Ink and Blood: Textuality and the Human in Judaism, Christianity, and Islam
July 9-11, 2006
Free and Open to the Public
Convened by Prof Susannah Heschel
Funded by a grant from the Ford Foundation
Ink and blood are two major emblems of self-definition for religious communities that link themselves as much through community, ethnicity, or race as through doctrine and history. Religious power is expressed through blood (e.g., martyrdom) as well as ink (ideology), and both blood and language are vehicles for communication and covenant with the divine. The presumed divine wish for human blood is negotiated through texts, which are in turn united in incarnation, as the word becomes flesh or the blood is presumed to be holy, to be returned to God through sacrificial offering. Participants in "Ink and Blood: Textuality and the Human" will address issues related to race, martyrdom, hermeneutics, and nationalism as refracted through Judaism, Christianity, and Islam. The conference is financed by a generous grant from the Ford Foundation for the purpose of reconceptualizing Jewish Studies and improving relations between the fields of Jewish Studies and Islamic Studies. All lectures and seminars are free and open to the public. For further information, please contact Meredyth Morley, 646-8172.
Tentative conference program schedule:
Sunday, July 9, 4-6 pm: Plenary Session (Rockefeller 2, Rockefeller Center)
Moderator: Gene Garthwaite, Dartmouth College
- Angelika Neuwirth, Humboldt University, "Biblical and Islamic Mnemonics in Contemporary Near Eastern Literature and Art"
- Hartmut Lehmann, Dartmouth College, "The German Protestants' Quest for National Salvation
Monday, July 10, 9 am to 12 noon (1930 Rm, Rockefeller Center)
- Denise Buell, Williams College, "Spilled Ink and Blood: Modern Racism Meets Early Christian Collective Self-Descriptions"
- Kathleen Biddick,Temple University, "Martyrial Times"
- Lisa Lampert, University of California, San Diego, "To prove whose blood is reddest: Rethinking Race in The Merchant of Venice"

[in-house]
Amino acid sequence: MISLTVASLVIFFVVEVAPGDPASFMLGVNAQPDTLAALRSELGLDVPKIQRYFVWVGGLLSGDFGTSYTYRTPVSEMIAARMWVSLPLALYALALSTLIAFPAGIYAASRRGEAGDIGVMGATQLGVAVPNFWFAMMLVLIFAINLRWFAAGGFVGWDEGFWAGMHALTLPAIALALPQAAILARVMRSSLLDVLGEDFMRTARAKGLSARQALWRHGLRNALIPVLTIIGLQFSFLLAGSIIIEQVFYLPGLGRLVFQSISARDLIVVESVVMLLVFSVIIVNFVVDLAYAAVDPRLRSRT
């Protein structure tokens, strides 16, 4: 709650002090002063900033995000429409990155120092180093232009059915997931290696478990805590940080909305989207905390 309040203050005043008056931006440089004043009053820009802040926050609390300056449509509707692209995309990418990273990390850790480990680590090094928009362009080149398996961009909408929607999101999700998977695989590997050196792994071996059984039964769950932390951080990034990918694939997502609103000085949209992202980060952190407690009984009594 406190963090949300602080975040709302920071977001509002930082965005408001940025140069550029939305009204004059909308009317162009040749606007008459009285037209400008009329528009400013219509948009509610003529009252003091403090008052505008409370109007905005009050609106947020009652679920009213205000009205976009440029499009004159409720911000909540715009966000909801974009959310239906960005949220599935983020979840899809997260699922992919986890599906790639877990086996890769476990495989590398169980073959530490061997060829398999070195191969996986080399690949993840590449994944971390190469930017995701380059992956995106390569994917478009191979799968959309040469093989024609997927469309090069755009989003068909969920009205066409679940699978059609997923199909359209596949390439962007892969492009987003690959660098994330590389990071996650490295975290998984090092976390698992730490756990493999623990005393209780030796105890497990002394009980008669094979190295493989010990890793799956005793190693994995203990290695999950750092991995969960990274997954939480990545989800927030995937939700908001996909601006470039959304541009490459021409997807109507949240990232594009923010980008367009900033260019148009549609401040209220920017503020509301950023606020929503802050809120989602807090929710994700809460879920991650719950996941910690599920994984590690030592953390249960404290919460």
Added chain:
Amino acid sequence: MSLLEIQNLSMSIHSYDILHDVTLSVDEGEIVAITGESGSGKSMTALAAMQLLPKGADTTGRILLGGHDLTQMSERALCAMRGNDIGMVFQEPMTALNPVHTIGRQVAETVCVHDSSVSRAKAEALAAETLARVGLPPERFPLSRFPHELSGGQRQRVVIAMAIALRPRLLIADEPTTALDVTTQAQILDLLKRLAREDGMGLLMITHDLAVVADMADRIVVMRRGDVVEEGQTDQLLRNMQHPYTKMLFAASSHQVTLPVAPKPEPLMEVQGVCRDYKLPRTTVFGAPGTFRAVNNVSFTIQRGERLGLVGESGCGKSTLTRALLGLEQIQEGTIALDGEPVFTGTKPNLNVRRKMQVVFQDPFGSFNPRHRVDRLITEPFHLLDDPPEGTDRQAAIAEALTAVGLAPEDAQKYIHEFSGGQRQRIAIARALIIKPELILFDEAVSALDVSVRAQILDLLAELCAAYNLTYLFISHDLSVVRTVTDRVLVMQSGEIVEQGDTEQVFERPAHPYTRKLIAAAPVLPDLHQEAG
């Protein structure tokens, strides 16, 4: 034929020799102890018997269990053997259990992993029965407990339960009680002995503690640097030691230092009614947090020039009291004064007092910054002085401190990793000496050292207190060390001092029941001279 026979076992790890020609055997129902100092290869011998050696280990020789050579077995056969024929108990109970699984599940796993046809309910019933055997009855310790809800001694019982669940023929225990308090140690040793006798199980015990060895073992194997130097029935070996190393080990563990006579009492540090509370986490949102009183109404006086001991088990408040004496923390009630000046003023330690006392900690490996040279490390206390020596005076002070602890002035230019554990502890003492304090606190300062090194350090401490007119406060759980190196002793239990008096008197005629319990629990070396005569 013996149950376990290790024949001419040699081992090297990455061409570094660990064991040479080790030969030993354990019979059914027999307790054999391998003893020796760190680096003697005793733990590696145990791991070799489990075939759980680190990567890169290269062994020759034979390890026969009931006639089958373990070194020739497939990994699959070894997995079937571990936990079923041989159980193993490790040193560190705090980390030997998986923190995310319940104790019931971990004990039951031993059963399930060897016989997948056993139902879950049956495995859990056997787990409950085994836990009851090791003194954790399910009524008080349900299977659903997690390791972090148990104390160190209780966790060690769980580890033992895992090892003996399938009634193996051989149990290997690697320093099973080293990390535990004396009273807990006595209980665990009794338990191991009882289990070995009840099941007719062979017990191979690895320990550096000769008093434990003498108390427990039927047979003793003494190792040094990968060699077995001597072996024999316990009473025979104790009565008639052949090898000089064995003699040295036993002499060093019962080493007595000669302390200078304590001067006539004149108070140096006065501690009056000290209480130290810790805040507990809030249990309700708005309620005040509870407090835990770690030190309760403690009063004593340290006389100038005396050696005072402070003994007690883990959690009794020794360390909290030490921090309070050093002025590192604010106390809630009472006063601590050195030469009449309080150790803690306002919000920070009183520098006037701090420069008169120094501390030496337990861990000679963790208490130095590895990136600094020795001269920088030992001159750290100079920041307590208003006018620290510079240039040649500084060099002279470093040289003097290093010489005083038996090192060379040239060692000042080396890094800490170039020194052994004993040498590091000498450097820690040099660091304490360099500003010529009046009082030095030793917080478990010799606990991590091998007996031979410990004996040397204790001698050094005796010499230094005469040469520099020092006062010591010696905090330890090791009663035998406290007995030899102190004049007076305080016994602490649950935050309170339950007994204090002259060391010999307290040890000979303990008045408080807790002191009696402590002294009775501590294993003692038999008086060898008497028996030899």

1 pm to 4 pm (1930 Rm, Rockefeller Center)
- Gregory Kaplan, Rice University, "The Biopolitical in Martin Buber's Conception of Life"
- J. Kameron Carter, Duke University, "Oriental Jesus Occidental Paul: Race, Myth, and the Conflicted Status of Jewish Flesh in Nineteenth-Century German Biblical Scholarship"
- Susannah Heschel, Dartmouth College, "Blood, Breast, and Kiss: Revelation and Gender in Jewish-Christian Contse"
4 pm to 6 pm: Plenary Session (Rockefeller 2, Rockefeller Center)
- Christina von Braun, Humboldt University, "Blood and Ink"
- Sidra DeKoven Ezrahi, Hebrew University, "Metaphors can Kill: From Loving Jerusalem to Loving in Jerusalem"
Tuesday, July 11, 9 am to 12 noon (1930 Rm, Rockefeller Center)
- Asad Ahmed, University of Chicago, "Genealogies, Prophetic Sayings, and the Iconisation of the Prophet's Companions: The Case of Sa'd ibn Abi Waqqas"
- Andrew Newman, University of Edinburgh, "Text and Textuality Then and Now: Reading 17th Century Religious Discourse in Iran"
- Mark Cohen, Princeton University, "Maimonides' Code and the Social and Economic Realities of his Time"
1 pm to 4 pm: The Political Migrations of Religious Identities (1930 Rm, Rockefeller Center)
- Eran Kaplan, University of Cincinnati, "Between the Pen and the Sword: Intellectuals and the Jewish National Movement"
- Zachary Braiterman, Syracuse University, "Fanatic Figures: The Circle of Scripture and the Problem of Primitivism in Modern Culture"
- Maimuna Huq, University of South Carolina, "Cultivating and Contesting Religious Subjectivity in Bangladesh: The Politics of Commitment among Islamic Activist Women"